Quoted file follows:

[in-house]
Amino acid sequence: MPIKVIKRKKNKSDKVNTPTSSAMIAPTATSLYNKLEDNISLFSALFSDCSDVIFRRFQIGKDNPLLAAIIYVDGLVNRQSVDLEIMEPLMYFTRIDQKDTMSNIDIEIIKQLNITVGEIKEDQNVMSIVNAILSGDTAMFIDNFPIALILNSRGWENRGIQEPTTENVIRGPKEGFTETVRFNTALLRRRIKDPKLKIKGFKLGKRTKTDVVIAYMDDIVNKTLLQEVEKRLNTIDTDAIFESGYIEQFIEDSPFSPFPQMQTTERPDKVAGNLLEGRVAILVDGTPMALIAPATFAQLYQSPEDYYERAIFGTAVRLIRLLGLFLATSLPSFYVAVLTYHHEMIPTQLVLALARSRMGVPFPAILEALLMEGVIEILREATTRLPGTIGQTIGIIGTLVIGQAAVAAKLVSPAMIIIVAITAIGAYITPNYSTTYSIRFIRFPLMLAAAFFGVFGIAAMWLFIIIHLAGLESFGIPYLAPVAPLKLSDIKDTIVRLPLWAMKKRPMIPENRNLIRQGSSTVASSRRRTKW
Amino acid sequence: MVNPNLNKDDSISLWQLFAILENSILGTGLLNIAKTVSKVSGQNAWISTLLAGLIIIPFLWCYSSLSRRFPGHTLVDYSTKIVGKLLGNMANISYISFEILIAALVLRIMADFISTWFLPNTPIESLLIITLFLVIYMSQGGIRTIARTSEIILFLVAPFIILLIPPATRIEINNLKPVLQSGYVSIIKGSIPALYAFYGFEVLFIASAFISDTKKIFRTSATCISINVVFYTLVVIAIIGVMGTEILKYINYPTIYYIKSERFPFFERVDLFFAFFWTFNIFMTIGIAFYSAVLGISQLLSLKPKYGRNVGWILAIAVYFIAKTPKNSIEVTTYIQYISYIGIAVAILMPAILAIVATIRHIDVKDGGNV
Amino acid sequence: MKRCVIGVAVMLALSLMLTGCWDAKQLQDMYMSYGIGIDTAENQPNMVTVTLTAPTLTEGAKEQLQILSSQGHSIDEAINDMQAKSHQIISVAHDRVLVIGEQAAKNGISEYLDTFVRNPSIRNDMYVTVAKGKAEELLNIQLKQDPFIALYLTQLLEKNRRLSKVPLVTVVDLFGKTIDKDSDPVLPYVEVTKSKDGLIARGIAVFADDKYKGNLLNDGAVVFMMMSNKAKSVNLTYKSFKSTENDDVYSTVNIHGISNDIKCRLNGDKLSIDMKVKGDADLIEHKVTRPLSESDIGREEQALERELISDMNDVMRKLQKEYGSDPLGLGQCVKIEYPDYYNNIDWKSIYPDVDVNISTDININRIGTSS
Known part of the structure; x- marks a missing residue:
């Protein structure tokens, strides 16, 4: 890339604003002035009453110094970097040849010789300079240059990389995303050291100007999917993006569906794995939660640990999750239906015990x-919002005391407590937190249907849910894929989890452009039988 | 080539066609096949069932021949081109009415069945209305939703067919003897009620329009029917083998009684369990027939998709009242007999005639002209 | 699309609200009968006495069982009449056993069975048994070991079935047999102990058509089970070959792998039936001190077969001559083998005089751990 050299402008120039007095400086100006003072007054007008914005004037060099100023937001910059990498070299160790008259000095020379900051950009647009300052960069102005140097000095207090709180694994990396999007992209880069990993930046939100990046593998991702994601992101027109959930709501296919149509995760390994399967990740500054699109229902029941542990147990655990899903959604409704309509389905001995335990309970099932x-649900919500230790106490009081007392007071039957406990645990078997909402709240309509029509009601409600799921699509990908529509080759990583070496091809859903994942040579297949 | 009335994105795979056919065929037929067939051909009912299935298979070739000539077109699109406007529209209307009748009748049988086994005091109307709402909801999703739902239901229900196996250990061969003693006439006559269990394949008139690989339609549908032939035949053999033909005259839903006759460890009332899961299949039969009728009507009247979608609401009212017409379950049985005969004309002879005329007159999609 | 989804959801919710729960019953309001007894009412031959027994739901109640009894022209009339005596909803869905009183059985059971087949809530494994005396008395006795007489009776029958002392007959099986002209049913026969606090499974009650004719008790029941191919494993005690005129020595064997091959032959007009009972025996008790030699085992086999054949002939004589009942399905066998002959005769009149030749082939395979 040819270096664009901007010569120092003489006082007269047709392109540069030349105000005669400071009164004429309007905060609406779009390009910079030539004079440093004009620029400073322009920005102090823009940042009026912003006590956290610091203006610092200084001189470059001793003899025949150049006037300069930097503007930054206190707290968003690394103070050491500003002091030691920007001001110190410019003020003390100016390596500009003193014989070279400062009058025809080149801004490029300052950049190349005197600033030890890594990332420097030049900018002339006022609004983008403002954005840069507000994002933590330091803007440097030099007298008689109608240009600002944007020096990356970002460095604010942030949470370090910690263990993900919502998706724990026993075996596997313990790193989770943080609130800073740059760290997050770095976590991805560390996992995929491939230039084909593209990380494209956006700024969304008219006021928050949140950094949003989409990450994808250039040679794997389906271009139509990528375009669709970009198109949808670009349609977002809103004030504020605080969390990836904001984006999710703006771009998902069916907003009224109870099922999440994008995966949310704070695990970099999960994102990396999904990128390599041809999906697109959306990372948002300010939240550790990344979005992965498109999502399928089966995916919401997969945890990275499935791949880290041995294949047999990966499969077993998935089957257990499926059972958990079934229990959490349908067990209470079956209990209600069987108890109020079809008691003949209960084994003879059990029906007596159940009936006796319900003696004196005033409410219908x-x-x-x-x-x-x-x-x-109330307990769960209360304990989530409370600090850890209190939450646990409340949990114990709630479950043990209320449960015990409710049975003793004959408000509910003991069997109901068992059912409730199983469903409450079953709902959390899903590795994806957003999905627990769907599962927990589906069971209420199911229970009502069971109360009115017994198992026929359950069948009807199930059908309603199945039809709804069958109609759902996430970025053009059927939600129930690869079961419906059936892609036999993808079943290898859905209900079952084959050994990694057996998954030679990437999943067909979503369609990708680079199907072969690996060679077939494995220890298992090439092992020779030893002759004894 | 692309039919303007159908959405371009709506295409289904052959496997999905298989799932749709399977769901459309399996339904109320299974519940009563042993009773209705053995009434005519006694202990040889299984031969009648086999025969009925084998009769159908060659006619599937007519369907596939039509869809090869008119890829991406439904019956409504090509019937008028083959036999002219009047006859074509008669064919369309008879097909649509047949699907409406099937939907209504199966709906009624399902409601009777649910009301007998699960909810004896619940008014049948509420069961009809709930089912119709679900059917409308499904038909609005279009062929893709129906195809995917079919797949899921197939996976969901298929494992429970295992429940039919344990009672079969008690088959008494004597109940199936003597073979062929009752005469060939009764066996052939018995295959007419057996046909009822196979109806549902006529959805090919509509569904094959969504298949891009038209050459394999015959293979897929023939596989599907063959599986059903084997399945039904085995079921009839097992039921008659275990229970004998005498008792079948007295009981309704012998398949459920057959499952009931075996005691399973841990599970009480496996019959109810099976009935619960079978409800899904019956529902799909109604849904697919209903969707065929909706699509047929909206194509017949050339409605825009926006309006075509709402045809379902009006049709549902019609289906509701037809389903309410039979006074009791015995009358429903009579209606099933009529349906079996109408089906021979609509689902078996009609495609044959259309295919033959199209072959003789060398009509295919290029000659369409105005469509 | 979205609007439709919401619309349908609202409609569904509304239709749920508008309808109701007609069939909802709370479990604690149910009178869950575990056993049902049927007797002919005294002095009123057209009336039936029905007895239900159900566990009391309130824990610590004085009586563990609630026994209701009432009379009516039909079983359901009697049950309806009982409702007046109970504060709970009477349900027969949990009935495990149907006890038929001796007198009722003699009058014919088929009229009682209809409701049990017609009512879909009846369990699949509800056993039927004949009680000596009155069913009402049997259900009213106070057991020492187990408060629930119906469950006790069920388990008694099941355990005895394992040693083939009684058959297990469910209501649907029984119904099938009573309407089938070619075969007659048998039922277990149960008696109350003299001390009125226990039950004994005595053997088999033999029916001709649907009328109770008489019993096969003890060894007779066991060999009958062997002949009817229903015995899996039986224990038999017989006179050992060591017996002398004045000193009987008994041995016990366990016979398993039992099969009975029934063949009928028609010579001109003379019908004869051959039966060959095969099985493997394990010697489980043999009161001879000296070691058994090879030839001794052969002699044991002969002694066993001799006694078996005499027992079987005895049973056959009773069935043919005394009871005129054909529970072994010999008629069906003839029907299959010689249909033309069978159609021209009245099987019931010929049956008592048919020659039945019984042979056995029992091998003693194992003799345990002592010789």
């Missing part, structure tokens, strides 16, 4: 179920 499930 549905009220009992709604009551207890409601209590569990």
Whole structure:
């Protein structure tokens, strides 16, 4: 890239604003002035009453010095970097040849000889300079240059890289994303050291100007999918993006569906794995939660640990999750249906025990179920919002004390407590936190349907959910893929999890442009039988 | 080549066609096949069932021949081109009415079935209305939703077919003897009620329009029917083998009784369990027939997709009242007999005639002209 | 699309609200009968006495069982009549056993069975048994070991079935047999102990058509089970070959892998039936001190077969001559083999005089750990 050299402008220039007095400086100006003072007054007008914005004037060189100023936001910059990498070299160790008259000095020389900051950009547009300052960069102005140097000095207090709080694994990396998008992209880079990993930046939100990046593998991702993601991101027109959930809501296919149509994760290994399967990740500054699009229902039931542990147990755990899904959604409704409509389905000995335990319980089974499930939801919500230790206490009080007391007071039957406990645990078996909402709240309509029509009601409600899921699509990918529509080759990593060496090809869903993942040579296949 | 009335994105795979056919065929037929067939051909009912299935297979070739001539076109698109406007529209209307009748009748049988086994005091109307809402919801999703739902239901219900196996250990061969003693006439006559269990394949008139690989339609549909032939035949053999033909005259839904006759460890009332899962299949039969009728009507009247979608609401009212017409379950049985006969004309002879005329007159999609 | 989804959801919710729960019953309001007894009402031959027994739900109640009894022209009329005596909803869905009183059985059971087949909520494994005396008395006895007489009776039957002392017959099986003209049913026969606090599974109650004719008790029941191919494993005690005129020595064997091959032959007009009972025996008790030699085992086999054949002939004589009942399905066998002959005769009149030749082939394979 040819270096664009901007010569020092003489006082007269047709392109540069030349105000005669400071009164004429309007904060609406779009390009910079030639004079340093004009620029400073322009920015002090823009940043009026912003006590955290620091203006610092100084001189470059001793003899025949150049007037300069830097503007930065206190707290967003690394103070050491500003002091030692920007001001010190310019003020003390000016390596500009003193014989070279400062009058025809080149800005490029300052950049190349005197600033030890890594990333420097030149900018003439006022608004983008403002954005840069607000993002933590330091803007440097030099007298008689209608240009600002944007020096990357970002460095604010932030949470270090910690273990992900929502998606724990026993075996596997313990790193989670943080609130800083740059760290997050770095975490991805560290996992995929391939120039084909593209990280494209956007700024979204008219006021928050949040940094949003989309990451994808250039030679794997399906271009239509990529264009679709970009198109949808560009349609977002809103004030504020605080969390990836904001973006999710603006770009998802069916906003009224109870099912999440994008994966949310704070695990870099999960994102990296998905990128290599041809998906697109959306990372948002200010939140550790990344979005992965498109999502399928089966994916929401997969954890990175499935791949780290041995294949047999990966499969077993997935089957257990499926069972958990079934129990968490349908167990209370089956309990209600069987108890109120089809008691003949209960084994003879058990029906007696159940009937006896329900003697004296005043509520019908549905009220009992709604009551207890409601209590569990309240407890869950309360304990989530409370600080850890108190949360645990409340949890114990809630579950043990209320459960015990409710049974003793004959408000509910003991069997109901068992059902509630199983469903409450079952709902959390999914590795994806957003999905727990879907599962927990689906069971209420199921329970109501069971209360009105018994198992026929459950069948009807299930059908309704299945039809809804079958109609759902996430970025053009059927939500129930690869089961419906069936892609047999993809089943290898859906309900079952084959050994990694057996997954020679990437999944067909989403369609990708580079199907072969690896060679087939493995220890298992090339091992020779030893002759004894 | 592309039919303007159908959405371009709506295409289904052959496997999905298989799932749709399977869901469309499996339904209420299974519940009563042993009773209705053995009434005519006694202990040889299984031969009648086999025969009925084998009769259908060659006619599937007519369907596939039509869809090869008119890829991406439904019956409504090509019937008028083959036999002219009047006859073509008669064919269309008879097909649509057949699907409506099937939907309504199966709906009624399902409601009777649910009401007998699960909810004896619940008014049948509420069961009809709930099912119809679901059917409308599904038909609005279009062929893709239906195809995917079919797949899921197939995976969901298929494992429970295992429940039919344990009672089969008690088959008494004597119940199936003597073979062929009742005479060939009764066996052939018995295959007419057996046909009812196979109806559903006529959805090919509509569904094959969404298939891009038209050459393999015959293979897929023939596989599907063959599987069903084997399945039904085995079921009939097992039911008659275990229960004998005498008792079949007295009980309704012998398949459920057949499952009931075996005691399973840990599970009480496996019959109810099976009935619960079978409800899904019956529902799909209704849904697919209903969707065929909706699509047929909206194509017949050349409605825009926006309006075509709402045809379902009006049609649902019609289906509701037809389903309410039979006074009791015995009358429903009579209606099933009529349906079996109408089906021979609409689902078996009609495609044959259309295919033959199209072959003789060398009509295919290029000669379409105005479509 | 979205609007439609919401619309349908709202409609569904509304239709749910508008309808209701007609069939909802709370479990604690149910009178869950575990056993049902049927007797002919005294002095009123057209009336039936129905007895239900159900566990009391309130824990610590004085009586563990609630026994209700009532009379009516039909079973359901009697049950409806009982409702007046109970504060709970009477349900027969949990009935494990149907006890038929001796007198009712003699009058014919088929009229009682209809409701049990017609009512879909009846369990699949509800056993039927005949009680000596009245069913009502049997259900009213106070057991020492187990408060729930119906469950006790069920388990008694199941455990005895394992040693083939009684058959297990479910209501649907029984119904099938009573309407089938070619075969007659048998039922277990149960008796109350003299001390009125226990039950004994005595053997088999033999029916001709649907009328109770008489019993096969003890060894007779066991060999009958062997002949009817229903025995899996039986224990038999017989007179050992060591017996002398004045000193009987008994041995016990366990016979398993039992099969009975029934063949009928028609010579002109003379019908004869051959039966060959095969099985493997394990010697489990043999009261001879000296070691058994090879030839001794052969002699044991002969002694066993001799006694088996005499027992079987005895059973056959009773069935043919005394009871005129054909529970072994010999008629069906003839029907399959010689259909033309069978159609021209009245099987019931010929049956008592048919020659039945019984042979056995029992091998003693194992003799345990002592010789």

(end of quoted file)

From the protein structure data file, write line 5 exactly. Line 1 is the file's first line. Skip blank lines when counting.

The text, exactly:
Known part of the structure; x- marks a missing residue: